Deaths after the war

Deaths were to continue long after the war. Hull cemeteries are littered with the graves of servicemen who died through disease or the results of war wounds after 1918.

On 29th September 1919, two men were killed at 60 Church Street (Cycle Shop) dissecting a 12 inch German Shell. They were Harold Cook (21) a demobbed soldier, and shop owner, and Fred Wheal (29), a former Minesweeper reservist, married with one child, at 3 Owens Square, New George Street, Hull.

60 Church Street, Hull, Scene of the fatal shell explosion 29th September 1919, which killed former servicemen, Harold Cook (21) and Fred Wheal (29).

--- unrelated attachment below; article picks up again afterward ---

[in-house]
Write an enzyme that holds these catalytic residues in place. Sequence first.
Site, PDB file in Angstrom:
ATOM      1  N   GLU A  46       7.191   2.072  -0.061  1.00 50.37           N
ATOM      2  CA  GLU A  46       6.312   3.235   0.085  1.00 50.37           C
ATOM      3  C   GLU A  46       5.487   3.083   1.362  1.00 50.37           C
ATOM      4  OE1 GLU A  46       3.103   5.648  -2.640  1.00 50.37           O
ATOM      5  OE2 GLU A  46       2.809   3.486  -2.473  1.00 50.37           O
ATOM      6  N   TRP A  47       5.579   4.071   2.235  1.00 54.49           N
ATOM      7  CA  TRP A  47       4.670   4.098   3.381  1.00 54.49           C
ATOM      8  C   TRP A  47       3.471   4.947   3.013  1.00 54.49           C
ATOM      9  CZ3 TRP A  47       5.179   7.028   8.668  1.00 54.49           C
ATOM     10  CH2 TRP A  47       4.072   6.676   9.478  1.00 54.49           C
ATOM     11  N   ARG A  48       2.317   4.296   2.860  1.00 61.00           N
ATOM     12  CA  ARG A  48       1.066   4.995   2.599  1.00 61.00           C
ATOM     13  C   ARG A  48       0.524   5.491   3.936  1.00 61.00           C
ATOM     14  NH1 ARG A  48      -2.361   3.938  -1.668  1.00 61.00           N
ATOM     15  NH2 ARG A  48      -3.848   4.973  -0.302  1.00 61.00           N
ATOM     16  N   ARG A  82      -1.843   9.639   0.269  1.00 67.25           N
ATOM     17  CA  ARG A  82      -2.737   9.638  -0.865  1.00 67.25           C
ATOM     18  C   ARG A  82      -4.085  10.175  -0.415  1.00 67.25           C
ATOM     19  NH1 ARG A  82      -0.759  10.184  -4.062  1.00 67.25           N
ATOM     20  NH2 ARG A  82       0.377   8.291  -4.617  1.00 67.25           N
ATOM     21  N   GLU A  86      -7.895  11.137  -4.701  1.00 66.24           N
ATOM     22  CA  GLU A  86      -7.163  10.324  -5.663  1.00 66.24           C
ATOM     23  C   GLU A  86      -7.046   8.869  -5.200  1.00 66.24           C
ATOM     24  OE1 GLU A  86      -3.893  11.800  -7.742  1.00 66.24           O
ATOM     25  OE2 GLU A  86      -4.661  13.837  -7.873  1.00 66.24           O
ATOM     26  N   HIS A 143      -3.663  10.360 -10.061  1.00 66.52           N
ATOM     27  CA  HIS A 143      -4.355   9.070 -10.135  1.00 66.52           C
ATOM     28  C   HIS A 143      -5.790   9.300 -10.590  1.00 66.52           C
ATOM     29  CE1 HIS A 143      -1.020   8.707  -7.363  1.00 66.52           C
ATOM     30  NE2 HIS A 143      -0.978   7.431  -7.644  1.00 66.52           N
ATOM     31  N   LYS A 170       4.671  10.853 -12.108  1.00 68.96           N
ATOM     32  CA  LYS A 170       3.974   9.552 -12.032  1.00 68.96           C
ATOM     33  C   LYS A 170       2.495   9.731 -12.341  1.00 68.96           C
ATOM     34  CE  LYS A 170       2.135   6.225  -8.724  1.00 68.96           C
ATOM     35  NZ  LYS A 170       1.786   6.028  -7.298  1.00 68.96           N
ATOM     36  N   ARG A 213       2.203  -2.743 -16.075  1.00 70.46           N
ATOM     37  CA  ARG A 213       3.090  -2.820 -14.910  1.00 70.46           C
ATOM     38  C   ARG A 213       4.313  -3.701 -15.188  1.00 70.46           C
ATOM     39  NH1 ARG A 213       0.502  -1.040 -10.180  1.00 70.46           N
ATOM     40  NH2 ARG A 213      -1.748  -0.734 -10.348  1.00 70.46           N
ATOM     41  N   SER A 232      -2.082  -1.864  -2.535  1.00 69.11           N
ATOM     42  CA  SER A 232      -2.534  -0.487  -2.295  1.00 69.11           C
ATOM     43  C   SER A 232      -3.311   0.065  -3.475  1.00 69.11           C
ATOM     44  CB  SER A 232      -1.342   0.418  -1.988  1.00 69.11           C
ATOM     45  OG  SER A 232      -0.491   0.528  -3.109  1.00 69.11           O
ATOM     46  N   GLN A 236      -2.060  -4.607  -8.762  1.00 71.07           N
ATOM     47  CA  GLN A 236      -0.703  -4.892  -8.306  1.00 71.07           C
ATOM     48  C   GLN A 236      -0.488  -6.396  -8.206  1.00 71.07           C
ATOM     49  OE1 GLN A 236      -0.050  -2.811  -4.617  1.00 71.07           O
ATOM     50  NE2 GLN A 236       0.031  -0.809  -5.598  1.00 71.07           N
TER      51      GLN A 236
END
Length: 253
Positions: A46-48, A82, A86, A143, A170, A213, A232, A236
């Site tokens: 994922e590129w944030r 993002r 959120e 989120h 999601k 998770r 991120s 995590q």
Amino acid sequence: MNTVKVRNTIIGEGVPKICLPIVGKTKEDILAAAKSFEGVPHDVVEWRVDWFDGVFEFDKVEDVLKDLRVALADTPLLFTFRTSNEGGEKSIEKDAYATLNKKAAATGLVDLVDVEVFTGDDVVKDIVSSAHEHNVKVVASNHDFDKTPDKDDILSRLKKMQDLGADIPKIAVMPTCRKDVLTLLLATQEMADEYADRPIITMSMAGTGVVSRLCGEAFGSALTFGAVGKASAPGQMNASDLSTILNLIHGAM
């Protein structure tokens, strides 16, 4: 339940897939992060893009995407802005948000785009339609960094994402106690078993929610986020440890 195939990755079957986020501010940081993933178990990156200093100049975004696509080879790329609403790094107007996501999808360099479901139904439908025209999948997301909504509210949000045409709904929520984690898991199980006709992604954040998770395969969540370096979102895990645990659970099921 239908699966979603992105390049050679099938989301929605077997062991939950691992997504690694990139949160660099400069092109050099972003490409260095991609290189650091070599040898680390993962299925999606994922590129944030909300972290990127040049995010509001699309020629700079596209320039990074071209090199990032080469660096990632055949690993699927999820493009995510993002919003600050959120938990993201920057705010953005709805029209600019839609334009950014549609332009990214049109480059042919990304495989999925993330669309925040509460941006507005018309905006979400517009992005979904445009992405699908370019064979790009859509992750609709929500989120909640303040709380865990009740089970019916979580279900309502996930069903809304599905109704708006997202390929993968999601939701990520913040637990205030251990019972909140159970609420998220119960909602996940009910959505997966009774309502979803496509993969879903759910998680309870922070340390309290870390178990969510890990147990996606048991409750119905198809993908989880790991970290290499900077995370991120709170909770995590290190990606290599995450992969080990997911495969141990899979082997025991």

Another ongoing peril was unexploded sea mines. These continued to take the lives of Hull fisherman, long after the war had ended. For example, the Hull trawler ‘Gitano’ struck a mine and was sunk with all hands on the 23rd December 1918. The Hull trawler ’Scotland’ struck a mine on the 13th March 1919 killing 7 Hull men. Two days later the steam ship ‘Durban’ exploded‘, killing another eight Hull sailors. The ‘Isle of Man’ (Hull) exploded on the 14th December 1919, killing a further seven Hull fishermen. The steam ship ‘Barbados’ exploded on the 5th November 1920, taking ten Hull men. These included the two Weaver brothers killed on the same day. Many of these seaman had survived the war, only to be its victims after.

Every man recorded on the Hull Memorial has their own unique story and there are over a thousand stories to tell, many intertwined, with the history of Hull. Naming those that died emphasizes their existence as individuals and the enormity of Hull’s loss. The potential of all these men were lost to the world, but they are now remembered here.F

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